A question on deveining shrimp

Discussion in 'Food & Cooking' started by sgt. pepper, Jan 2, 2005.

  1. sgt. pepper

    sgt. pepper

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    Can someone tell me when it's appropriate to devein shrimp and when it's okay to eat them with the vein left in? For instance, if you make a dish such as a Jambalaya or Shrimp Creole, you are supposed to peel and devein the shrimp. Yet if you are having a shrimp boil, or are making Barbecue Shrimp, most recipes I've seen have the shrimp left with the heads on and shell in tact. If someone could enlighten me on this I'd appreciate it!
     
  2. suzanne

    suzanne

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    There are several considerations for shelling and deveining under some circumstances but not others. They have to be weighed against each other. They include: size of the shrimp; cooking method; eating method/composition of the dish; overall flavor. Disclaimer: most of this is my opinion, based on what I prefer. YMMV. ;)

    Size: Larger shrimp are more likely to have noticeable grit in the vein (which is, after all, the waste-removal mechanism). So you usually want to devein really big shrimp. The smaller the shrimp, the bigger the pain to devein, but then again if you can SEE the vein in smaller shrimp, you might want to remove it because it has, um, stuff in it. However . . .

    Cooking method: High-heat cooking, such as barbequing or grilling, is better done with the shells ON, to protect the flesh (if you split the really gigantic ones, then it's easy to pull out the vein). Boiling also requires protection. So does deep-frying, but the batter/breading accomplishes the same thing as the shell would. A quick sauté is fine with peeled shrimp. Then again, one of my favorite recipes is a slow poach in flavored oil at a low temperature, and while the shrimp would be safe enough if peeled, it really is better to leave the shells on; they soften up in the cooking enough to be edible. Because . . .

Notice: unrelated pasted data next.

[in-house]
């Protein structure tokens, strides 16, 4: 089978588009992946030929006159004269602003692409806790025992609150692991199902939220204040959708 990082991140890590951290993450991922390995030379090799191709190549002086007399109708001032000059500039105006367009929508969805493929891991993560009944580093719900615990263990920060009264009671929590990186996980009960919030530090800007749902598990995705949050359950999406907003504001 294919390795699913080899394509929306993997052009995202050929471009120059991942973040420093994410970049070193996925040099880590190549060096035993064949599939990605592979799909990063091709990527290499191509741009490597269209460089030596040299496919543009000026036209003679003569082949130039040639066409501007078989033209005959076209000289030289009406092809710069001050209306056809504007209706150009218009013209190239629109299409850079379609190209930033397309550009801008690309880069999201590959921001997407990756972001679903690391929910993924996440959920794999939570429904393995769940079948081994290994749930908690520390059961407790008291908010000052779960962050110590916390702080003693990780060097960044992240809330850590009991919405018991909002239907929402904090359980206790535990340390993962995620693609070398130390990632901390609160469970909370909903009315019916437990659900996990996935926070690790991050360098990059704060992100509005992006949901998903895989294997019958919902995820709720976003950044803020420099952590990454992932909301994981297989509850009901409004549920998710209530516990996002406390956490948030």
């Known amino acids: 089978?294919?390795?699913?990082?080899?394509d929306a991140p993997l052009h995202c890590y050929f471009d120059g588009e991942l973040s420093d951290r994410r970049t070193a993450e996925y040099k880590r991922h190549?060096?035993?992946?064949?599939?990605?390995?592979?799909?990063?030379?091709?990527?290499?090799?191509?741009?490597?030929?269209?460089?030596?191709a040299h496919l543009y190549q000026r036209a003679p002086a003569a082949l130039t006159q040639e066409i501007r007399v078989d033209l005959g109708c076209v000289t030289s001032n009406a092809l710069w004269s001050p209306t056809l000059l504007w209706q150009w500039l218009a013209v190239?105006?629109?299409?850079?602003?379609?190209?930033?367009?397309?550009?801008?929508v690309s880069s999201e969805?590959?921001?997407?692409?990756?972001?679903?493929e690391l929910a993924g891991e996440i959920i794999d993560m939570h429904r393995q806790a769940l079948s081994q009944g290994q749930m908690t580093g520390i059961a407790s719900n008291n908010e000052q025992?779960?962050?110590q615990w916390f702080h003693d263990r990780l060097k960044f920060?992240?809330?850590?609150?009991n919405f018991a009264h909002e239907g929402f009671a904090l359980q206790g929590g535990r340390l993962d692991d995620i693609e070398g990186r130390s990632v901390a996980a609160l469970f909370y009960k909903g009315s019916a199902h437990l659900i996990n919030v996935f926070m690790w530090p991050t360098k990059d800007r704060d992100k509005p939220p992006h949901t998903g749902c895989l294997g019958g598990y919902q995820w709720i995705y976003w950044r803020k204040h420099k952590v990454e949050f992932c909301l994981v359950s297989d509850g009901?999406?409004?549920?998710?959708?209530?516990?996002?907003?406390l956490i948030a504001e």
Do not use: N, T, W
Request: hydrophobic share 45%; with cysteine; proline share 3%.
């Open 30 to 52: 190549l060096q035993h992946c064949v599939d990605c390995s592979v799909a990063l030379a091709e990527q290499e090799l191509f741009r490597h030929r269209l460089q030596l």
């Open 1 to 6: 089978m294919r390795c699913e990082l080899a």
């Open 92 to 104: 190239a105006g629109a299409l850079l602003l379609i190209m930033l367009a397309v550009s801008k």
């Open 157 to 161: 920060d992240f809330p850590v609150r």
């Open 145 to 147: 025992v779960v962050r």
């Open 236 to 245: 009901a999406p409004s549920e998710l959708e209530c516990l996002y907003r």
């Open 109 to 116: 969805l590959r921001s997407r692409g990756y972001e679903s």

Eating method: If the dish can and will be eaten without implements, with people using their hands to shell the shrimp, it's much more fun -- and easier for you -- to let them do the work. But if it's a knife-and-fork meal, or a situation in which people will not want to get sauce all over themselves, shell away! And if it were going to be a really elegant dish, I would definitely devein even medium shrimp.

    Overall flavor: I'm prejudiced: I believe that shrimp cooked whole retain more flavor than those that have been beheaded. And again, it's a bit of protection for the flesh, as well as a great way to have fun, sucking the flavor out of the head. But if you have really good, fresh shrimp (or very carefully handled frozen ones), the flavor difference may not even be noticeable. And there are all those other considerations which, to me, come first.

    Hope this helps. And I hope others will chime in with their opinions and facts.
     
  3. phatch

    phatch Moderator Staff Member

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    What's to add?
     
  4. scott123

    scott123

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    No shrimp poo for me, thanks ;) You know those jumbo shrimp with almost all the vein removed except for the last section near the tail? Drives me friggin bonkers! The individual that came up with that practice needs to be drawn and quartered.
     
  5. stephsherman323

    stephsherman323

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    I think that shrimp cooked with the shell on tends to have more flavor, but I object to veins in large shrimp. I haven't had a chance to try this yet, but I was watching one of Sara Moulton's shows recently and there was a chef on who had an interesting way to devein raw shrimp with the shell still on. He took a wooden skewer and poked it throught the back of the shell just underneath the vein and at the first break/ridge behing the head end. He pushed it out the other side and gently pulled up. The whole thing pulled right out. Like I said, I haven't tried it but he made it look awfully easy.